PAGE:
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Home / Impact / Sustainability / Renewable energy outpaces coal in US electricity generation

Renewable energy outpaces coal in US electricity generation

by HeyWire AI
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Solar and wind power generated more electricity in the United States than coal for the first five months of 2023, setting a record for the renewable energy sources, according to the U.S. Energy Information Administration.

Wind and solar energy outproduced coal in January, February and March, CBS News reported, while preliminary figures show the same trend for April and May.

Wind and solar generated a combined 252 terawatt-hours from January through May, compared with coal’s 249 TWh output. Clean energy sources previously have outpaced coal in 2020 and 2022, but only when hydropower is included. This is the first time solar and wind reached the benchmark on their own.

When factoring hydroelectric into the mix, renewables have outperformed coal for the last six months. EIA Administrator Joe DeCarolis expected this trend to continue into the summer and beyond.

“We expect that the United States will generate less electricity from coal this year than in any year this century,” DeCarolis said in a forecast in May.

A focus on carbon-neutral energy sources, combined with the reduced cost of natural gas and the closing of many coal plants has pushed it out of favor.

Coal had a brief resurgence last year when Russia’s invasion of Ukraine caused natural gas prices to rise sharply.

Coal’s decline, however, “is happening faster than anyone anticipated,” Andy Blumenfeld, an industry analyst for McCloskey by OPIS, told E&E News. Just 15 years ago it accounted for nearly half of the electricity generated in the US. By 2021, that figure dropped to about 22%, according to EIA data. Last year, coal generated just 20% of domestic electricity, compared to 14% from wind and solar.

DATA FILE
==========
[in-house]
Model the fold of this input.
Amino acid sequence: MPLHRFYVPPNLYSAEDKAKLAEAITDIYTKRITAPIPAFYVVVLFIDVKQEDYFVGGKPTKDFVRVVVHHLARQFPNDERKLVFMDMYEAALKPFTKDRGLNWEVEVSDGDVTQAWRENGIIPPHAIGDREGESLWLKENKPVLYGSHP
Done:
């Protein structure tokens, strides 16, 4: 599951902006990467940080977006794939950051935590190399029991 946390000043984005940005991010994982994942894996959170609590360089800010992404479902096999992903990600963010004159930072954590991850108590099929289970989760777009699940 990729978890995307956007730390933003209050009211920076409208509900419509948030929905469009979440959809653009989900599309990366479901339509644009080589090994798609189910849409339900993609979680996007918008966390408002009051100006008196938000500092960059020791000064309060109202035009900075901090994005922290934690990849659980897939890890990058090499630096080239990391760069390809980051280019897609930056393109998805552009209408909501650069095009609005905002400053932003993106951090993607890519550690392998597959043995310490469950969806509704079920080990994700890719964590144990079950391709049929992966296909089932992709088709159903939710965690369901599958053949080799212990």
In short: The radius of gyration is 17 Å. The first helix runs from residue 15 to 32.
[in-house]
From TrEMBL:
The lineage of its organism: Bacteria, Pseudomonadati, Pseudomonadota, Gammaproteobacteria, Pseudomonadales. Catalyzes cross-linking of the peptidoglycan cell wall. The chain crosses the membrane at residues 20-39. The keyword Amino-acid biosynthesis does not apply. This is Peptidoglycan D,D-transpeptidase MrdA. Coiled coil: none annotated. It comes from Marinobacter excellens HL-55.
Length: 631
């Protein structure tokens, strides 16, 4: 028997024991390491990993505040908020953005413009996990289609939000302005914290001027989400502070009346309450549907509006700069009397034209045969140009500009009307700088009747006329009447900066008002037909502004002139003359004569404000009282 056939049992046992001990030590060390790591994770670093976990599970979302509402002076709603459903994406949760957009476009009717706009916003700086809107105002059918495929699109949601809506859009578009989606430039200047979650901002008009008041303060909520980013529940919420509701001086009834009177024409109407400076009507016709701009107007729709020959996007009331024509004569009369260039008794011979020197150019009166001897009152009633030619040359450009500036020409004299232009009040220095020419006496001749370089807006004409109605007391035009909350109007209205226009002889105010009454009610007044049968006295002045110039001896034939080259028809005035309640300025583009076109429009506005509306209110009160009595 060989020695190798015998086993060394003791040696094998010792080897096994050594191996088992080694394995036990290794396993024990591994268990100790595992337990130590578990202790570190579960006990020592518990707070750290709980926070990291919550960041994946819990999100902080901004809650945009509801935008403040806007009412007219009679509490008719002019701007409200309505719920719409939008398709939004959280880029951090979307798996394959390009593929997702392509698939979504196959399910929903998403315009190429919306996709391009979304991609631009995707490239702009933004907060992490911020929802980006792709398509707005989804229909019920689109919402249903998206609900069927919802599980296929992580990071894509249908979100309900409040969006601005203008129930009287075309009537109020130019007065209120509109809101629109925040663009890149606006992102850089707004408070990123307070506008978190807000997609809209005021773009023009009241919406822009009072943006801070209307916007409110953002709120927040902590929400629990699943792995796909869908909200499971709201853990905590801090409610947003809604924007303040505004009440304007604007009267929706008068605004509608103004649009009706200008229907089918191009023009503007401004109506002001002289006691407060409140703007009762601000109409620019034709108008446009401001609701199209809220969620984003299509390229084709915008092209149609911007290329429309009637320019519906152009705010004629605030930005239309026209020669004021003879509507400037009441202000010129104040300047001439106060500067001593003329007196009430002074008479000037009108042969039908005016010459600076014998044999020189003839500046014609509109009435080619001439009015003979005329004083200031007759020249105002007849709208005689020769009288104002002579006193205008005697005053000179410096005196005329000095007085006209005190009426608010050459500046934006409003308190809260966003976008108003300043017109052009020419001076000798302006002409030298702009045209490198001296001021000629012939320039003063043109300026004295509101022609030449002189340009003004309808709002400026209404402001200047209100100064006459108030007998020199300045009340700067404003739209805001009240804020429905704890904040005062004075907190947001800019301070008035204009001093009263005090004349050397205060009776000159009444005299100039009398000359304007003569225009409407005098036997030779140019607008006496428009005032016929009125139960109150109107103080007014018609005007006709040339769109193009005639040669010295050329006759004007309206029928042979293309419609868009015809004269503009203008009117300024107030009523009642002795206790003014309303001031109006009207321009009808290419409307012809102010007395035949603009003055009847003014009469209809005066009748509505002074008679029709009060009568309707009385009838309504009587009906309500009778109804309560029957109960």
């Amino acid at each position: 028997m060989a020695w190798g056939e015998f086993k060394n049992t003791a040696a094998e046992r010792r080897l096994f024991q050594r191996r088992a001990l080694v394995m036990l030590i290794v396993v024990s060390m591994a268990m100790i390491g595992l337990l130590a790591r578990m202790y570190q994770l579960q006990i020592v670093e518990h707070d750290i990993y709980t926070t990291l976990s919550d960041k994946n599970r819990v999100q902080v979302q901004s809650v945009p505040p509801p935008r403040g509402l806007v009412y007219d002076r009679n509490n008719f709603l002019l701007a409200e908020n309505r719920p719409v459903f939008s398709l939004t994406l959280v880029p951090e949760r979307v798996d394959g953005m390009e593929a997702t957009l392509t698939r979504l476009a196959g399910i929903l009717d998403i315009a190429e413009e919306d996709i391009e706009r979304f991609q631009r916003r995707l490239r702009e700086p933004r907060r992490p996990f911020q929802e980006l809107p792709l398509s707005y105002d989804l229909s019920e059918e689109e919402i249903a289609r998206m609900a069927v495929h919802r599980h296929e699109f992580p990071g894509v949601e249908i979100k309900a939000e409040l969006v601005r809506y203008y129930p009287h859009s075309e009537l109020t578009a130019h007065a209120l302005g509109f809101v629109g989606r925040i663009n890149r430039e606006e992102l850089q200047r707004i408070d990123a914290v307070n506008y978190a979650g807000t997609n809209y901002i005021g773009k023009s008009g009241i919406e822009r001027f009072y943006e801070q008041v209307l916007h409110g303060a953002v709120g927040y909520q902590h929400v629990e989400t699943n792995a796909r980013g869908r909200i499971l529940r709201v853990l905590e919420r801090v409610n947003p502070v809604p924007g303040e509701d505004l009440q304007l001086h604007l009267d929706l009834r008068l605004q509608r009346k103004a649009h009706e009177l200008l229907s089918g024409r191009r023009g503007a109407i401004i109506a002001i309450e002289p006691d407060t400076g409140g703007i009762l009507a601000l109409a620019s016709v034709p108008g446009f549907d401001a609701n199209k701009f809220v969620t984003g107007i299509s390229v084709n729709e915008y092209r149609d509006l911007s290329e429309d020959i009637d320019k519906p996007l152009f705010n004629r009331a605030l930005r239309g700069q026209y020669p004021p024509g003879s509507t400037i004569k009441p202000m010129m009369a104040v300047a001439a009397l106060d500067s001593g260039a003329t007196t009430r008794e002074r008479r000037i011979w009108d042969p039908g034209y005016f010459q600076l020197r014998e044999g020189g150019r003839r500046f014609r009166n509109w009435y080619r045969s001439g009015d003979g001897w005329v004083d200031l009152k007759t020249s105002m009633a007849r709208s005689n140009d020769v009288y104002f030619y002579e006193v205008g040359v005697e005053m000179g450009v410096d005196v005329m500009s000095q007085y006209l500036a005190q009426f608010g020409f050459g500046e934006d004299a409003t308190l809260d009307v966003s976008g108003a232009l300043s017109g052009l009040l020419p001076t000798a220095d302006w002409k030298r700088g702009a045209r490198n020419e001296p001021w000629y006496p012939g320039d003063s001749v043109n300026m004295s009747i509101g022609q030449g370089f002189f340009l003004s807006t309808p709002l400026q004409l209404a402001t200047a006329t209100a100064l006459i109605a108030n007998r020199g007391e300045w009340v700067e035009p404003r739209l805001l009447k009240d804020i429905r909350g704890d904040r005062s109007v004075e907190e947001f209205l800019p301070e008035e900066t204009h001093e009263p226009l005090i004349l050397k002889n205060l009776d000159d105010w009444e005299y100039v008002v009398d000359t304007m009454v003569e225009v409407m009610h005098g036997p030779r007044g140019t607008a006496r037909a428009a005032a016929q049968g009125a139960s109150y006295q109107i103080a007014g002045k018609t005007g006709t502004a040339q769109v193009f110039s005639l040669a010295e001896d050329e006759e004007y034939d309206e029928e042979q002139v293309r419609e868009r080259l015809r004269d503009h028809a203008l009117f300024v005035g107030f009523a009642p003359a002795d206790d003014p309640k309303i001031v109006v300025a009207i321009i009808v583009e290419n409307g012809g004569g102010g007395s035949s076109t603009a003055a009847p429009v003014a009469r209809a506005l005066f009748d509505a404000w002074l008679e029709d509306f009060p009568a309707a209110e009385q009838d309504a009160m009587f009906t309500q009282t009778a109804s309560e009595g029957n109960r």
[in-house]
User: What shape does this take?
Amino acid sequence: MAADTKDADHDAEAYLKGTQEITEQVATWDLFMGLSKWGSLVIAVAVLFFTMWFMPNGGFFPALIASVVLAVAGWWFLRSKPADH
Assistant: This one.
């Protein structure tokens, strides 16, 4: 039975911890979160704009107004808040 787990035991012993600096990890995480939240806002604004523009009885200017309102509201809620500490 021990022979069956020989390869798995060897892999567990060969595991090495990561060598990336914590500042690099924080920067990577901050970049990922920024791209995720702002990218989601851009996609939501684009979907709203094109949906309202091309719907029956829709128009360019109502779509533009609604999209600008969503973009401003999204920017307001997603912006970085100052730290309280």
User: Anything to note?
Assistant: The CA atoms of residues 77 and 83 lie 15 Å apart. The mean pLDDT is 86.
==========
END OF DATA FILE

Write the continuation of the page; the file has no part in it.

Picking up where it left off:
Natural gas is still the largest source of power in the country, accounting for about 39% of electricity in 2022.

“From a production-cost perspective, renewables are the cheapest thing to use — wind and solar. So, we’re going to see more and more of these records,” Ram Rajagopal, a professor of civil and environmental engineering at Stanford University, told CBS News.

The shift to renewable energy has gained significant momentum in recent years. In the United Kingdom, renewables overtook fossil fuels as the main source of electricity for the first time in 2020, according to data from Electric Insights. This milestone marked a significant step towards the UK’s goal of net-zero greenhouse gas emissions by 2050.

The growth of renewable energy has been aided by government policies and the declining costs of technologies such as wind and solar. In the US, the Inflation Reduction Act has dedicated billions of dollars to the expansion of clean energy. This investment aims to boost the renewable energy industry even further and reduce reliance on fossil fuels.

However, the transition to clean energy is not without its challenges. Building new renewable energy plants is only one part of the equation. Connecting these projects to the grid has proven to be a bottleneck, with many projects waiting years for commercial operations to begin. According to a report from the Lawrence Berkeley National Laboratory, on average, it takes five years for a project to go from requesting a connection to the grid to becoming operational.

The report also highlighted the high number of projects in interconnection queues in the United States, with more than 10,000 projects representing 1,350 gigawatts of generating capacity awaiting hookup. The majority of these projects are zero-carbon, signaling a strong commitment to cleaner energy sources.

“There are many hundreds of gigawatts of projects in interconnection queues in the United States,” Rajagopal said.

As the push for renewable energy continues, experts believe that the momentum will only build. The declining cost of renewables, coupled with growing concerns about climate change, make clean energy an attractive option for both economic and environmental reasons.

The transition away from coal is a significant step toward reducing carbon emissions and combating climate change. Coal, as the most-polluting energy source, is responsible for more than half of carbon emissions from electricity production, despite its diminishing presence on the grid.

With solar and wind proving to be cost-effective alternatives, it is likely that their share of electricity generation will continue to rise and further reduce the fossil-fuel sector’s national market share.

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